Taking its title from Stendhal’s celebrated claim that, “La beauté n’est que la promesse du bonheur” (Beauty is but the promise of happiness), this focused survey will be dedicated to a number of very specific aspects of Tom Wesselmann’s production. These aspects include Victorian and post-Victorian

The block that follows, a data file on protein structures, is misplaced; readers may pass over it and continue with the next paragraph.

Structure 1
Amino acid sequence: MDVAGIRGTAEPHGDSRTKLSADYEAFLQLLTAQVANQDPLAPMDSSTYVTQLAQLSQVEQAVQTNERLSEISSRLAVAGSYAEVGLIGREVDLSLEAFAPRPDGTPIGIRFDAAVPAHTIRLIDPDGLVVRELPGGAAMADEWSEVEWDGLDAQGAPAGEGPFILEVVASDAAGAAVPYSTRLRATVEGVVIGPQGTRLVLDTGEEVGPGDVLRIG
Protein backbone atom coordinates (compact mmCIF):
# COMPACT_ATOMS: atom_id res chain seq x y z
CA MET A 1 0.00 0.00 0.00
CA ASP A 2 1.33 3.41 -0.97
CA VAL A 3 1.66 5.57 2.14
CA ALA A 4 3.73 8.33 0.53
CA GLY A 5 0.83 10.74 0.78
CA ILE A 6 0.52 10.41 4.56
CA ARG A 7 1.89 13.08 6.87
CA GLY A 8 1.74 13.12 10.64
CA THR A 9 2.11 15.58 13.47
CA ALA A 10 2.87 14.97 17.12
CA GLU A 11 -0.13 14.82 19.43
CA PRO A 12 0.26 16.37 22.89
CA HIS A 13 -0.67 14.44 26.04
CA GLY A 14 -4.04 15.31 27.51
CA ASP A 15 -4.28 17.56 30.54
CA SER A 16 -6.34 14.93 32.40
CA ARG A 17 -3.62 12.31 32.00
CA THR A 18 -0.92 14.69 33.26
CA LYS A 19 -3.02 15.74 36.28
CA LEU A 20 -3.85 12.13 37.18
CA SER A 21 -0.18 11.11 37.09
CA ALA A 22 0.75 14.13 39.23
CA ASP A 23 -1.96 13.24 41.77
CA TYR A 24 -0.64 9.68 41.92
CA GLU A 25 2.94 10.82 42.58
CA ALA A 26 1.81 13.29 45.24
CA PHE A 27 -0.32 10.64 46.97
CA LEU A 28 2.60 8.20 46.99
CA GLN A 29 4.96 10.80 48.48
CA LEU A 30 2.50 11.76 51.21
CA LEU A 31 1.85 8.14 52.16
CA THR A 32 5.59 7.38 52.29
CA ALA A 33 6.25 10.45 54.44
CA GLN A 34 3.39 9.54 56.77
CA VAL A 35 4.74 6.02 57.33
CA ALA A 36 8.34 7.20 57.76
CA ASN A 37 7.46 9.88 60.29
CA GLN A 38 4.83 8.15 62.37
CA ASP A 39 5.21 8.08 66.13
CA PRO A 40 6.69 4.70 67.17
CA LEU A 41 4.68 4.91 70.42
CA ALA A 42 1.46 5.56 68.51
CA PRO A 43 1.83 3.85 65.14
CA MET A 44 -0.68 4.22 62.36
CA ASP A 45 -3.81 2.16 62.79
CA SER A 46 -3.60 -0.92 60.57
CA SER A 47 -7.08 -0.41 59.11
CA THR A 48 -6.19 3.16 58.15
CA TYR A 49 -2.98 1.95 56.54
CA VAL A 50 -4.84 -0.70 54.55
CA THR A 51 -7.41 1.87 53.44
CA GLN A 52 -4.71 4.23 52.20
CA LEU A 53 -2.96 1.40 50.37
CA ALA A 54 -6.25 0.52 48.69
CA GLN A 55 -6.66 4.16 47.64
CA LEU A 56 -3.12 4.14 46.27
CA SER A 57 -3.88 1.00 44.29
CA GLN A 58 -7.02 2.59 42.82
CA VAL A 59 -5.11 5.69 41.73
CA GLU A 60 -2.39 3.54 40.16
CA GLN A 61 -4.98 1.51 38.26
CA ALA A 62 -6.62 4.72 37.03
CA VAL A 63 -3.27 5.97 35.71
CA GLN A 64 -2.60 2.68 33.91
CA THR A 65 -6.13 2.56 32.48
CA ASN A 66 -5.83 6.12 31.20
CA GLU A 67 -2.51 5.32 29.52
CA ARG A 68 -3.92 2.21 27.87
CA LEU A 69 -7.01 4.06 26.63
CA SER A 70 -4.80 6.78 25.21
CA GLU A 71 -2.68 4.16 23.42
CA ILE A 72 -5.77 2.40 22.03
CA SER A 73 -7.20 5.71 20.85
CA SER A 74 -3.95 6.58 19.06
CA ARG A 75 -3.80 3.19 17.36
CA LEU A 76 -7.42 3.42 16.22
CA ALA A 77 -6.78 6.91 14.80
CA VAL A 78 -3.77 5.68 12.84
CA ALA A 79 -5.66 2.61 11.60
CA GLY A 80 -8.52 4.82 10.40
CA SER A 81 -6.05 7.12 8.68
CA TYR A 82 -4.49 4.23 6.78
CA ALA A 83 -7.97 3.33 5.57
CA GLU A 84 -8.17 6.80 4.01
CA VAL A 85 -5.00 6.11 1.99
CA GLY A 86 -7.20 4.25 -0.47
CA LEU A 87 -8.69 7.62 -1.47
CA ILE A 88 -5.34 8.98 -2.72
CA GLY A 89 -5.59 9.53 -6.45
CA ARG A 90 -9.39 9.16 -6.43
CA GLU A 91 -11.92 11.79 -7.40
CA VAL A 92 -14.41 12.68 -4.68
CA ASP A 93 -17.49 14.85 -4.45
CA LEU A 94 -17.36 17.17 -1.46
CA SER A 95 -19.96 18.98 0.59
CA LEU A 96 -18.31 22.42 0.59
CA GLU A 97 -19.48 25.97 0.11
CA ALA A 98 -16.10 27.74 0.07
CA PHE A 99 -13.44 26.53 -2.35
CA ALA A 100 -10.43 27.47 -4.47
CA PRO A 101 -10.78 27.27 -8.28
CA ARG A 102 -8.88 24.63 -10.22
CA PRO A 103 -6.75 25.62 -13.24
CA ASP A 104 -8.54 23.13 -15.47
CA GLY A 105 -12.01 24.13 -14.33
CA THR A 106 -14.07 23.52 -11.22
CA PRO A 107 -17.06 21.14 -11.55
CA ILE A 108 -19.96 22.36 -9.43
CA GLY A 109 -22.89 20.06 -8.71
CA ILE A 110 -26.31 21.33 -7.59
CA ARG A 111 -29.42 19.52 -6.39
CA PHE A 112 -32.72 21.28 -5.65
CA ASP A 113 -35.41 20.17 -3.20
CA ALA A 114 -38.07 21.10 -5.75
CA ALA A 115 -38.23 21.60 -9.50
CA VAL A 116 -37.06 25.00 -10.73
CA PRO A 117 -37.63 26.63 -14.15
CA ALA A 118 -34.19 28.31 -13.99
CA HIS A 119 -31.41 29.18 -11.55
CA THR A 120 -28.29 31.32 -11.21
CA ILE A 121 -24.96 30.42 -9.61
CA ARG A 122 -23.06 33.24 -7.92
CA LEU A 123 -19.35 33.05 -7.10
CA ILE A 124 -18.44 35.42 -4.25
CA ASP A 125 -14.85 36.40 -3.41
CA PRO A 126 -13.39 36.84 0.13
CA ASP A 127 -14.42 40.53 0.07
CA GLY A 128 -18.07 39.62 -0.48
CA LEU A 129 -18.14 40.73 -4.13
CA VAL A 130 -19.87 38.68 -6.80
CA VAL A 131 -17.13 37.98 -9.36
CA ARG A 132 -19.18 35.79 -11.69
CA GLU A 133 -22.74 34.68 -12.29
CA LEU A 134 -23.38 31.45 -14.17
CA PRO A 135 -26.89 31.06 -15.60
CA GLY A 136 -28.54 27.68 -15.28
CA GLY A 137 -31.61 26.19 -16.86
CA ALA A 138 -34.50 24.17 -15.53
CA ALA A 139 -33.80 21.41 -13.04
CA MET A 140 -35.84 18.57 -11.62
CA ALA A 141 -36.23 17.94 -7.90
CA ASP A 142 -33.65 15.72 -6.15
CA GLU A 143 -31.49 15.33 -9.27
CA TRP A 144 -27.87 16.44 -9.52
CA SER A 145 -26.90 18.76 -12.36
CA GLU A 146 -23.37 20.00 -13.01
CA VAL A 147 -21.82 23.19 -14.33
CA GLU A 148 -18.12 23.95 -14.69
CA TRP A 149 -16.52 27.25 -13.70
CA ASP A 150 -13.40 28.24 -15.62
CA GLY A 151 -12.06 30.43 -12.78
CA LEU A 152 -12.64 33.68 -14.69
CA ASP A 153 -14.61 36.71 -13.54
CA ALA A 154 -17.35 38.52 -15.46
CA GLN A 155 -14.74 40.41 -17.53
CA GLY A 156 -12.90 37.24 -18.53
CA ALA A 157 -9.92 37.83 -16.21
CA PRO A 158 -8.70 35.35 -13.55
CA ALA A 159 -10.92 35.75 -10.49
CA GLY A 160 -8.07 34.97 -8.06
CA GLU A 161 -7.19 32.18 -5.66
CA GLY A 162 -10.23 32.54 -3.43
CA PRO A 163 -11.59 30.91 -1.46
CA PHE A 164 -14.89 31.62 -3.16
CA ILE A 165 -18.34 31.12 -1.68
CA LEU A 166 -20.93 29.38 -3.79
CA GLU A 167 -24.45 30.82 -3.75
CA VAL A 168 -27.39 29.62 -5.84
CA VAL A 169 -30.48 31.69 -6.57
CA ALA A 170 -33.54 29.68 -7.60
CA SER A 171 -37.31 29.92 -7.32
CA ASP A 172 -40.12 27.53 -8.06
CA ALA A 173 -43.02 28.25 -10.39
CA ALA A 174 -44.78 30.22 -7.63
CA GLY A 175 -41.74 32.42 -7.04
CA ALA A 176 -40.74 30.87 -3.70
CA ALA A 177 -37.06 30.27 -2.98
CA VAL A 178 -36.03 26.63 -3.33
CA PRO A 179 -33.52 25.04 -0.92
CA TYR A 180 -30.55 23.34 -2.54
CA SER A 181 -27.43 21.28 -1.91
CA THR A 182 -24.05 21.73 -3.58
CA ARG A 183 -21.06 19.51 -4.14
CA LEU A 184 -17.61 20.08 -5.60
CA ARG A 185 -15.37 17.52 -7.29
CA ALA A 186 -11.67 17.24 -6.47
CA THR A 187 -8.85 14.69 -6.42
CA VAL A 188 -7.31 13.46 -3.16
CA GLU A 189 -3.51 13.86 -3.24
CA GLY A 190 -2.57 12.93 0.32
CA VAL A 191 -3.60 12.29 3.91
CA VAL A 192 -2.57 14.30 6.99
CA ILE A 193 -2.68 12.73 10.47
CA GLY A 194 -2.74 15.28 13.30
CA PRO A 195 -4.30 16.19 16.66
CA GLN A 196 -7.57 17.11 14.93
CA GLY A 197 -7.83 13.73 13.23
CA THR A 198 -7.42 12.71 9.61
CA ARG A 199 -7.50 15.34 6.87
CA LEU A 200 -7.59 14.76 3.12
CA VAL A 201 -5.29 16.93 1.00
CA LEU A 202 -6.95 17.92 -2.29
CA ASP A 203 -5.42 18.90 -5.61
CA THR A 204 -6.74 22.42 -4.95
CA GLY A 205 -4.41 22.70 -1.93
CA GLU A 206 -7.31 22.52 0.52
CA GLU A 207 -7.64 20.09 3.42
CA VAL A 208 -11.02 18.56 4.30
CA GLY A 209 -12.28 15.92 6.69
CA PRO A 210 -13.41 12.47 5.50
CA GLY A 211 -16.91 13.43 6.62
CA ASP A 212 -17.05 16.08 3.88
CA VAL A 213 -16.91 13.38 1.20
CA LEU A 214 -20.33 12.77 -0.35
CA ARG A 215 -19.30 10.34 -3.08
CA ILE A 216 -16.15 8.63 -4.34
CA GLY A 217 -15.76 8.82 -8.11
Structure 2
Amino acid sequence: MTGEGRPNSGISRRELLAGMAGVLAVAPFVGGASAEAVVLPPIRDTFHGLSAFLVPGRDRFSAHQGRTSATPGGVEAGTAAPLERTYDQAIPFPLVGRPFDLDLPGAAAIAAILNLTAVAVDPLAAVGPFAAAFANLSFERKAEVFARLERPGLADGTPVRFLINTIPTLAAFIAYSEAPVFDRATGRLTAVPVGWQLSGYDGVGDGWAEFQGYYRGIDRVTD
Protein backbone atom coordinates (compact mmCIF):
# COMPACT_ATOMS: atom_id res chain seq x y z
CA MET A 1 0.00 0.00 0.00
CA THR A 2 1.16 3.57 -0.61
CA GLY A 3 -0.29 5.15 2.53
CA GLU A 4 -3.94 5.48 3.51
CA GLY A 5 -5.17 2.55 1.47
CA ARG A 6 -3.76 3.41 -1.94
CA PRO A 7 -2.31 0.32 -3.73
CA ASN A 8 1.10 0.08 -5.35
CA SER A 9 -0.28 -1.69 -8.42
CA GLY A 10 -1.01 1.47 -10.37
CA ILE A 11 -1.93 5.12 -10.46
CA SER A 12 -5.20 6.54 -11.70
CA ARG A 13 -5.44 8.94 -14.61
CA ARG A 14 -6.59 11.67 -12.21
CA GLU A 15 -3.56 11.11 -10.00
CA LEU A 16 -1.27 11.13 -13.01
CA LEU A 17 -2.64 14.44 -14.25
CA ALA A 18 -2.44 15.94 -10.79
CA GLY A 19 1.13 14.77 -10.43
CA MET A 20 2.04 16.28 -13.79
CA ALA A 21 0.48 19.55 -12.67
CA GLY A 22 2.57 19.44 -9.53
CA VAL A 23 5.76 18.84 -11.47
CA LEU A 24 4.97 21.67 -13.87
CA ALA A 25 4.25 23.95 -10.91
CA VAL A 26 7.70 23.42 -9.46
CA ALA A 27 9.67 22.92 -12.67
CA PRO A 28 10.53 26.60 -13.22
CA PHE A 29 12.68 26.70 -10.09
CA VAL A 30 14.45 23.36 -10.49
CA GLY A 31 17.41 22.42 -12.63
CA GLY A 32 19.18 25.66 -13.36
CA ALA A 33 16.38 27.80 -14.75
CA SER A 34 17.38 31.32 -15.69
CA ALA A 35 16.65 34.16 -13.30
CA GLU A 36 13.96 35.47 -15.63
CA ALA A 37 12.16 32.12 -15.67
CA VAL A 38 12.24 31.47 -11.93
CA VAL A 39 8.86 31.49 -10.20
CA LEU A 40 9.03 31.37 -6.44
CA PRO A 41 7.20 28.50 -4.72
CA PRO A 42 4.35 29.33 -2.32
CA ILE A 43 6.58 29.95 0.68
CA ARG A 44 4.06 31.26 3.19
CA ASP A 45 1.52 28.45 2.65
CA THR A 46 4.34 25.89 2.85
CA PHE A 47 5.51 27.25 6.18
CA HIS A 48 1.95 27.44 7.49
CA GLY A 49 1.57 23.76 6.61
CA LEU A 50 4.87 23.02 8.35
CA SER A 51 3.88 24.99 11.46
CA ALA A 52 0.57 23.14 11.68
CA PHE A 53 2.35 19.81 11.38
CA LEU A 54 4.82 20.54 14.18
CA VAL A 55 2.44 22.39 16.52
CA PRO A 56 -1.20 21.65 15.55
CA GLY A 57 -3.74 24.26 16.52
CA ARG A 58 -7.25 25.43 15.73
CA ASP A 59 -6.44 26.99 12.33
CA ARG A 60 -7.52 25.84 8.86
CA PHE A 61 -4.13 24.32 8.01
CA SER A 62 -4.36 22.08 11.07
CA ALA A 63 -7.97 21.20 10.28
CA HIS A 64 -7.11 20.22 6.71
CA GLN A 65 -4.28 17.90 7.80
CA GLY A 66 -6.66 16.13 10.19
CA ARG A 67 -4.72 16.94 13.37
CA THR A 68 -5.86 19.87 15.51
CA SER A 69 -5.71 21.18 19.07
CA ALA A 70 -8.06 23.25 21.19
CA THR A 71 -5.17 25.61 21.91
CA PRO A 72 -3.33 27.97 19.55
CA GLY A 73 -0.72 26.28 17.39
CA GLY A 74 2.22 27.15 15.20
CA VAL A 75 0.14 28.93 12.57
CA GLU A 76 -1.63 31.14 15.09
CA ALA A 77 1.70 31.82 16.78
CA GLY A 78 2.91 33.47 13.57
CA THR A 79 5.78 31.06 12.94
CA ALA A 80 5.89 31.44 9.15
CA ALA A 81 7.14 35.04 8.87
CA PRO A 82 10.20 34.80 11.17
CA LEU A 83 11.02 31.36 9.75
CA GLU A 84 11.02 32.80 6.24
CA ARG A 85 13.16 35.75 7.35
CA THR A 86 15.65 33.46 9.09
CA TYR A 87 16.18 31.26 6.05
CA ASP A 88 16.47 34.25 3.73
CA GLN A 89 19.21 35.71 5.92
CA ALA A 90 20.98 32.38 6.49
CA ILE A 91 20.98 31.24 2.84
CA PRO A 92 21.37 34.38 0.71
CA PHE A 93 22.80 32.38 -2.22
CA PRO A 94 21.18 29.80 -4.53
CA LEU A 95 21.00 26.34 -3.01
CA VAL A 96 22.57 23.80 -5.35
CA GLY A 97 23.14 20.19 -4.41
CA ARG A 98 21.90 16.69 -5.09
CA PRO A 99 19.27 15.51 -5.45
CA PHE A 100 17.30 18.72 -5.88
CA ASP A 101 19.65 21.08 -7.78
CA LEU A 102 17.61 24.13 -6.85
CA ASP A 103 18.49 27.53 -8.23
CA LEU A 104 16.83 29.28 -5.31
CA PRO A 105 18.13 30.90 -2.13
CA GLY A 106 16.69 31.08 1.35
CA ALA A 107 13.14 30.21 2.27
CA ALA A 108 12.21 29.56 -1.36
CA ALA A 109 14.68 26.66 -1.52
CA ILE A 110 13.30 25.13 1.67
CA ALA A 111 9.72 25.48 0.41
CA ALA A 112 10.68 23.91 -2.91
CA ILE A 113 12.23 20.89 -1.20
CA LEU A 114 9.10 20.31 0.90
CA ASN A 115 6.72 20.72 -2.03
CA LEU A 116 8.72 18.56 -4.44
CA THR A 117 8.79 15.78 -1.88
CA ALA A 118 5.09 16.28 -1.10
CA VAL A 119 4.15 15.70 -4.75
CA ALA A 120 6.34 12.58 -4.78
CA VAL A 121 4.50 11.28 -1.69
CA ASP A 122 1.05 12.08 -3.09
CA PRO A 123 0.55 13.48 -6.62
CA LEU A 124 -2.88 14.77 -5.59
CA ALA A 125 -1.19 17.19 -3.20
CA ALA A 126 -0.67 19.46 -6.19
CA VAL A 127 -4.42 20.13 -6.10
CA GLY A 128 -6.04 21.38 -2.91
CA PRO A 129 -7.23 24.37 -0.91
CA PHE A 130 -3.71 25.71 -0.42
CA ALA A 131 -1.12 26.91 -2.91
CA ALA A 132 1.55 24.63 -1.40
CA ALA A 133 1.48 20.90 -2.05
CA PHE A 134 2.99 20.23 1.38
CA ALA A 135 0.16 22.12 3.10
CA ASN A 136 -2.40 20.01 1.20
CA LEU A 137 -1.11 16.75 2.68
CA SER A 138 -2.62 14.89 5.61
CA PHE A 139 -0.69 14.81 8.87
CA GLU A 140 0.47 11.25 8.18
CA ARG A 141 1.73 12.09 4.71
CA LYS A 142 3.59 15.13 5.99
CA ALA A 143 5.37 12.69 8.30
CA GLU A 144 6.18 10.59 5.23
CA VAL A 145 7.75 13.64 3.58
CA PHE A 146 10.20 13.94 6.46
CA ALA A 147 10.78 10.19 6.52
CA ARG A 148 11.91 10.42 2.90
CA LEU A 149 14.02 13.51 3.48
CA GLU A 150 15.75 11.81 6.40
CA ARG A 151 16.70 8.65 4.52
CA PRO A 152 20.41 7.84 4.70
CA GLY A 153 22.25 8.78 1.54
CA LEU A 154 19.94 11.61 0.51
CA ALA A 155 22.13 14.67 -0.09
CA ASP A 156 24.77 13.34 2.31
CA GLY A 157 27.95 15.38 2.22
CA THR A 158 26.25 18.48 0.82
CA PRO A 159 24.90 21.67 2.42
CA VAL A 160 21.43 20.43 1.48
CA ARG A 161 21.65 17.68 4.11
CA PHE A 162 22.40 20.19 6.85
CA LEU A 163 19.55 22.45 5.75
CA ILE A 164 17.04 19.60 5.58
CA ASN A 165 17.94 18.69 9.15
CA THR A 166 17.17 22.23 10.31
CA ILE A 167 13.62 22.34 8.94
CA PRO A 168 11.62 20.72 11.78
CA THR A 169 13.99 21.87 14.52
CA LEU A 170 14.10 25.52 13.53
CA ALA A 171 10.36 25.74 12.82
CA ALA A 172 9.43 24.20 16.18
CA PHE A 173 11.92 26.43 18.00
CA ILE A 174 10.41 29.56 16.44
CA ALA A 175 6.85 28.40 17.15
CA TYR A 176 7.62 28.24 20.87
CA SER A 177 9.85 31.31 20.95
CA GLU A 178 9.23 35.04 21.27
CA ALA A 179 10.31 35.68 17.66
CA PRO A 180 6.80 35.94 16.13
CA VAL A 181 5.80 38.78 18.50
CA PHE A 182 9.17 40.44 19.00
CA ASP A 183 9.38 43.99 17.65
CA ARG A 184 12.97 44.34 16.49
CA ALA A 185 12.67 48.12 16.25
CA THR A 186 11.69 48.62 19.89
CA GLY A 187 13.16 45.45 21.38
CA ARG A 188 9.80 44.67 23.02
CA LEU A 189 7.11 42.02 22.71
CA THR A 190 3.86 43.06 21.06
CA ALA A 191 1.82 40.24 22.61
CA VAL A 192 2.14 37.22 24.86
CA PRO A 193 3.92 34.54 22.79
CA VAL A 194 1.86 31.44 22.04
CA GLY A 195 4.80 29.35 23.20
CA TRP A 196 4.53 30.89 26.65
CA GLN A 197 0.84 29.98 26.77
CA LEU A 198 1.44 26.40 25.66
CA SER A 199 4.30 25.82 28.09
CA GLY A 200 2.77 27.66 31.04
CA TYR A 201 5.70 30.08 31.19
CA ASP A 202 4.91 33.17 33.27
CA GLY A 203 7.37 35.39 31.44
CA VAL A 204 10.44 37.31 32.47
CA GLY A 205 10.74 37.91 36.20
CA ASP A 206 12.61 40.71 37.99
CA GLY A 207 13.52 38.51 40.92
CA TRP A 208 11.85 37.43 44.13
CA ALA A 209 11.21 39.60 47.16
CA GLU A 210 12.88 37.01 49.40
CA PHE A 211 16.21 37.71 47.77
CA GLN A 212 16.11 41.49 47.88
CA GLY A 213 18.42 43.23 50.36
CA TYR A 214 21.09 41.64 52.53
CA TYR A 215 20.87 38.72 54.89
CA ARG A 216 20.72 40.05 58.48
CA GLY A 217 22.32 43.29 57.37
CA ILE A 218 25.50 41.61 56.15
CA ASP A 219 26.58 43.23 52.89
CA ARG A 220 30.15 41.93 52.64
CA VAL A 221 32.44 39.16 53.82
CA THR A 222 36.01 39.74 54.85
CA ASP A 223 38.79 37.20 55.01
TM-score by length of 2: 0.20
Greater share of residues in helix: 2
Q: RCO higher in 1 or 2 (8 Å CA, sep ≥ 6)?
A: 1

sexuality, questions of female agency, their relationship to postwar economic abundance, and of course, the relationship of beauty as well as the erotic to anticipation. Concentrating on the artist’s portrayal of Woman, which has been known to draw fire for its alleged objectification, this exhibition argues for a much more nuanced understanding of Wesselmann’s rapport with the female subject. Indeed, with this survey, a certain sense of female agency will become apparent, which in itself is symptomatic of a crucial historical shift from Victorian repression to the abundance associated with postwar American consumerism, as both are described and quite literally embodied in Wesselmann’s work. Long considered one of the key American Pop artists as well as one of its great formal innovators, Wesselmann’s specific critical contribution to the movement has been a source of debate for decades. This survey intends to clarify this debate, locating his prodigious and penetrating contribution in the taboo subject of sexuality, portrayals thereof, and its indissociable link to the boundless promise conveyed by the cultural, material and economic bounty of postwar American society.